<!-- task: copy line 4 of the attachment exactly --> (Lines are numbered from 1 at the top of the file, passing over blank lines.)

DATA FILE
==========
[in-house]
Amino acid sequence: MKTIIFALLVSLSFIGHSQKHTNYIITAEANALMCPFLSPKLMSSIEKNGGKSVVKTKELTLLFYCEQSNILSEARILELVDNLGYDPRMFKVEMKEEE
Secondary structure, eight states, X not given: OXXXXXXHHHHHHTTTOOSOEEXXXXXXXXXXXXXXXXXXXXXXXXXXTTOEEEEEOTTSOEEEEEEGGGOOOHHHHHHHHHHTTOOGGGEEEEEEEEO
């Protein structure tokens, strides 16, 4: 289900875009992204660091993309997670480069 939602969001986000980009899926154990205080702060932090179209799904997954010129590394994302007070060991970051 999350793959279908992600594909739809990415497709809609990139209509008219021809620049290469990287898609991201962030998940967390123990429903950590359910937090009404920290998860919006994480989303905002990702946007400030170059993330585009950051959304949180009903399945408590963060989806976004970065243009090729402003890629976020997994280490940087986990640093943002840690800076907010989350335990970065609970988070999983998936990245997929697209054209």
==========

């Protein structure tokens, strides 16, 4: 289900875009992204660091993309997670480069 939602969001986000980009899926154990205080702060932090179209799904997954010129590394994302007070060991970051 999350793959279908992600594909739809990415497709809609990139209509008219021809620049290469990287898609991201962030998940967390123990429903950590359910937090009404920290998860919006994480989303905002990702946007400030170059993330585009950051959304949180009903399945408590963060989806976004970065243009090729402003890629976020997994280490940087986990640093943002840690800076907010989350335990970065609970988070999983998936990245997929697209054209």